Hugh Winkler holding forth on computing and the Web

Sunday, February 12, 2012

Exploring the Bakken using WebGL

In the spirit of Done is Better than Perfect, we recently unleashed Subsurfr, a 3-D subsurface visualization web app for oil and gas.

We primed it using 17,000 wells from North Dakota. Since the Bakken shale is a very active play, some geologists and engineers are going to be very happy to have this new arrow in their quiver. Here's a fun look at the very busy Bakken from a well planner's pov.

Building this app pushed a lot of boundaries (for us, anyway). First among them was WebGL. And to broaden the reach to IE, we use Chrome Frame. But also, Subsurfr is a mashup, and exercises Cross Origin Resource Sharing (CORS) capabilities to permit it to use data served directly to the browser from a variety of sources. We also experimented with BrowserID, and OpenID + OpenAuth before chucking identity altogether this iteration -- the business driver isn't in place.

WebGL is a lot more mature and stable than I would have expected. After all, the spec has only been finalized in the last few months. But, after you get past the unfamiliarity of the GL computing model (GLSL, vertex shaders, fragment shaders), and the
trial and error nature of debugging (you can't even print to a console from GLSL) , I found our code just works on every WebGL platform, including Firefox on my Android phone.

Although three.js seems to be the weapon of choice for most new WebGL projects, I chose the lower level threedlibrary (tdl). I didn't do a lot of comparison shopping before I made that decision. It turned out to be a good choice. Because tdl is close to the metal, I never ran into any WebGL capability that I needed but could not use. Yet, as a WebGL noob, I needed the structure of tdl -- tdl taught me how to use WebGL properly while I was actively developing working code. 'Cause that's how I roll. I'm not going to spend $50 on a WebGL book and research the 5 top libraries and do a three week test project in each one before coding.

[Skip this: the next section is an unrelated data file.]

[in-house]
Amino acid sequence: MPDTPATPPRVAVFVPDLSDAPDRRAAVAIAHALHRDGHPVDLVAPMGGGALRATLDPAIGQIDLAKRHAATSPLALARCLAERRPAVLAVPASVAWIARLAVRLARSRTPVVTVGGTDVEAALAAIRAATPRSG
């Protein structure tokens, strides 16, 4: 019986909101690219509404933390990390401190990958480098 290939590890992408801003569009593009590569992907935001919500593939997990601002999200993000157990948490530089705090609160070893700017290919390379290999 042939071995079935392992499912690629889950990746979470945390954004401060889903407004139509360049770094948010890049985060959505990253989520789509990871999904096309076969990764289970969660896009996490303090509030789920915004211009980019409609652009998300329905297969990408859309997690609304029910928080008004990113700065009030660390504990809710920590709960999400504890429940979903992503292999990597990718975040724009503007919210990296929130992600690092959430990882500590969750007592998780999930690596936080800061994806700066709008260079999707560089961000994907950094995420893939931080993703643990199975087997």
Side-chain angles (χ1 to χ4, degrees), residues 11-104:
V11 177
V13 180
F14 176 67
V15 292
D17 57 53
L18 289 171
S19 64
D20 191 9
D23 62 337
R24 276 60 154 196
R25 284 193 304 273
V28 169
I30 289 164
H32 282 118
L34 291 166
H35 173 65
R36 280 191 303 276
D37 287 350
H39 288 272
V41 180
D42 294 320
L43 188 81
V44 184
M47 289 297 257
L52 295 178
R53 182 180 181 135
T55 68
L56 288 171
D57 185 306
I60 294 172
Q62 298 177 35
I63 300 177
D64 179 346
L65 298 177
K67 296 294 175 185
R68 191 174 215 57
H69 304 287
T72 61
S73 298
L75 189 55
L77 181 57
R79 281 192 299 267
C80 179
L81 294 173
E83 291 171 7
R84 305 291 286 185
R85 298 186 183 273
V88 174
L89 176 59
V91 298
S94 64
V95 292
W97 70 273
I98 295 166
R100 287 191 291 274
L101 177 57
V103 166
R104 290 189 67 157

The web pages making up Subsurfr itself are totally pregenerated -- presently about 35,000 of them. 'Course, lots of the data still comes down via ajax to the browser from the cross-origin servers. By serving only static pages, Subsurfr can run on a small nginx server. How the ajax data servers are going to hold up -- ask me in a few weeks.

CORS itself is a minor challenge. First, it does not run in IE < 10. That's not a problem for Subsurfr because Subsurfr already has to use Chrome Frame to run in IE. However, we use MapQuest as our map server, and they never heard of CORS. Consequently, we chose to proxy our XHR calls to MapQuest via our own server which adds the CORS headers. Additionally, we use the dojo toolkit to execute those XHR calls, and dojo has its own issues there. Finally, our own drilling data server had to be retrofitted to send the CORS headers. So we have several workarounds and patches to get all the CORS stuff going. Still beats IFRAMEs.

Anyway -- check out to see some real world WebGL in action. If you are interested in Subsurfr from an oil and gas perspective, I've written more about it here.


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